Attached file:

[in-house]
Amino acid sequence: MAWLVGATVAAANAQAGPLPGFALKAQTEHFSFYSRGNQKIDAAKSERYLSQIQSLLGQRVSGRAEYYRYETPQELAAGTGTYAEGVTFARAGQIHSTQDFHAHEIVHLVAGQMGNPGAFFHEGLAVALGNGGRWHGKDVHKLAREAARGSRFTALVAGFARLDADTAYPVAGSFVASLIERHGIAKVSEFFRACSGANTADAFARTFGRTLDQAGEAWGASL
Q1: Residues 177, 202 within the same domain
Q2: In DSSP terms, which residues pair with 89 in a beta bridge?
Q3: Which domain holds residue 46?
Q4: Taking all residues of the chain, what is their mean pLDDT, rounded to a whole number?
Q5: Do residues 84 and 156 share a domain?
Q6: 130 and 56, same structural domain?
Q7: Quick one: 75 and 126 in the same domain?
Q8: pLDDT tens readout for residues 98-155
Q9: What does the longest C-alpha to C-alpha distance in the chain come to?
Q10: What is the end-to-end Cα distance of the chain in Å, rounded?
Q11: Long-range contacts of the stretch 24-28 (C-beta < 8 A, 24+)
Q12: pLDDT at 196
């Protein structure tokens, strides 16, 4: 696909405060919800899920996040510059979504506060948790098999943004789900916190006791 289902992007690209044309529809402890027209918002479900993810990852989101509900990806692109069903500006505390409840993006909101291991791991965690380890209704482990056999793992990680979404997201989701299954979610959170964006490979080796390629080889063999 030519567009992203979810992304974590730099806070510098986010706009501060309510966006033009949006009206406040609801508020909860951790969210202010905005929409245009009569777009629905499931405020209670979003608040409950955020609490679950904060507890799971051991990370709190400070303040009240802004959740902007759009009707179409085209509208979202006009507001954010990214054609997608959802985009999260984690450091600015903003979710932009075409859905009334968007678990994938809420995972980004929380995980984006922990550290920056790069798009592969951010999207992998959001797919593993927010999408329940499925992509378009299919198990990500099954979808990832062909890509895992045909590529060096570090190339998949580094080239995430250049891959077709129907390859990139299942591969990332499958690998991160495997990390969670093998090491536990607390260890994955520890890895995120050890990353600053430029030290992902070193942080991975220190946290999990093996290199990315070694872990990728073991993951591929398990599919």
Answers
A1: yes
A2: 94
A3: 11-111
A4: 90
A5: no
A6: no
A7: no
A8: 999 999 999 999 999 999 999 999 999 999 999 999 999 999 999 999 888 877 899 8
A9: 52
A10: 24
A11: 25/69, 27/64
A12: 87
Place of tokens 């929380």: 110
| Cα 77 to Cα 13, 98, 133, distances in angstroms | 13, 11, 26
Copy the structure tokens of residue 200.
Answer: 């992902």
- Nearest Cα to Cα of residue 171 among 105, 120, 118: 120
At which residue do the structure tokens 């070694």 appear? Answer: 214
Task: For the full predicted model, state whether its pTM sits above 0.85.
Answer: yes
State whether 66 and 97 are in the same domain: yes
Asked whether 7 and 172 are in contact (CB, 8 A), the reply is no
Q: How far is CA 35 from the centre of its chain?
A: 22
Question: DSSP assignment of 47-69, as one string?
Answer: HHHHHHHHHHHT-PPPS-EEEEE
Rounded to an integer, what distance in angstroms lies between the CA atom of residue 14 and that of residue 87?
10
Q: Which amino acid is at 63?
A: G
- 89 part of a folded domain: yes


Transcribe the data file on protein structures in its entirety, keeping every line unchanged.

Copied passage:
[in-house]
Amino acid sequence: MAWLVGATVAAANAQAGPLPGFALKAQTEHFSFYSRGNQKIDAAKSERYLSQIQSLLGQRVSGRAEYYRYETPQELAAGTGTYAEGVTFARAGQIHSTQDFHAHEIVHLVAGQMGNPGAFFHEGLAVALGNGGRWHGKDVHKLAREAARGSRFTALVAGFARLDADTAYPVAGSFVASLIERHGIAKVSEFFRACSGANTADAFARTFGRTLDQAGEAWGASL
Q1: Residues 177, 202 within the same domain
Q2: In DSSP terms, which residues pair with 89 in a beta bridge?
Q3: Which domain holds residue 46?
Q4: Taking all residues of the chain, what is their mean pLDDT, rounded to a whole number?
Q5: Do residues 84 and 156 share a domain?
Q6: 130 and 56, same structural domain?
Q7: Quick one: 75 and 126 in the same domain?
Q8: pLDDT tens readout for residues 98-155
Q9: What does the longest C-alpha to C-alpha distance in the chain come to?
Q10: What is the end-to-end Cα distance of the chain in Å, rounded?
Q11: Long-range contacts of the stretch 24-28 (C-beta < 8 A, 24+)
Q12: pLDDT at 196
């Protein structure tokens, strides 16, 4: 696909405060919800899920996040510059979504506060948790098999943004789900916190006791 289902992007690209044309529809402890027209918002479900993810990852989101509900990806692109069903500006505390409840993006909101291991791991965690380890209704482990056999793992990680979404997201989701299954979610959170964006490979080796390629080889063999 030519567009992203979810992304974590730099806070510098986010706009501060309510966006033009949006009206406040609801508020909860951790969210202010905005929409245009009569777009629905499931405020209670979003608040409950955020609490679950904060507890799971051991990370709190400070303040009240802004959740902007759009009707179409085209509208979202006009507001954010990214054609997608959802985009999260984690450091600015903003979710932009075409859905009334968007678990994938809420995972980004929380995980984006922990550290920056790069798009592969951010999207992998959001797919593993927010999408329940499925992509378009299919198990990500099954979808990832062909890509895992045909590529060096570090190339998949580094080239995430250049891959077709129907390859990139299942591969990332499958690998991160495997990390969670093998090491536990607390260890994955520890890895995120050890990353600053430029030290992902070193942080991975220190946290999990093996290199990315070694872990990728073991993951591929398990599919």
Answers
A1: yes
A2: 94
A3: 11-111
A4: 90
A5: no
A6: no
A7: no
A8: 999 999 999 999 999 999 999 999 999 999 999 999 999 999 999 999 888 877 899 8
A9: 52
A10: 24
A11: 25/69, 27/64
A12: 87
Place of tokens 């929380």: 110
| Cα 77 to Cα 13, 98, 133, distances in angstroms | 13, 11, 26
Copy the structure tokens of residue 200.
Answer: 């992902």
- Nearest Cα to Cα of residue 171 among 105, 120, 118: 120
At which residue do the structure tokens 């070694």 appear? Answer: 214
Task: For the full predicted model, state whether its pTM sits above 0.85.
Answer: yes
State whether 66 and 97 are in the same domain: yes
Asked whether 7 and 172 are in contact (CB, 8 A), the reply is no
Q: How far is CA 35 from the centre of its chain?
A: 22
Question: DSSP assignment of 47-69, as one string?
Answer: HHHHHHHHHHHT-PPPS-EEEEE
Rounded to an integer, what distance in angstroms lies between the CA atom of residue 14 and that of residue 87?
10
Q: Which amino acid is at 63?
A: G
- 89 part of a folded domain: yes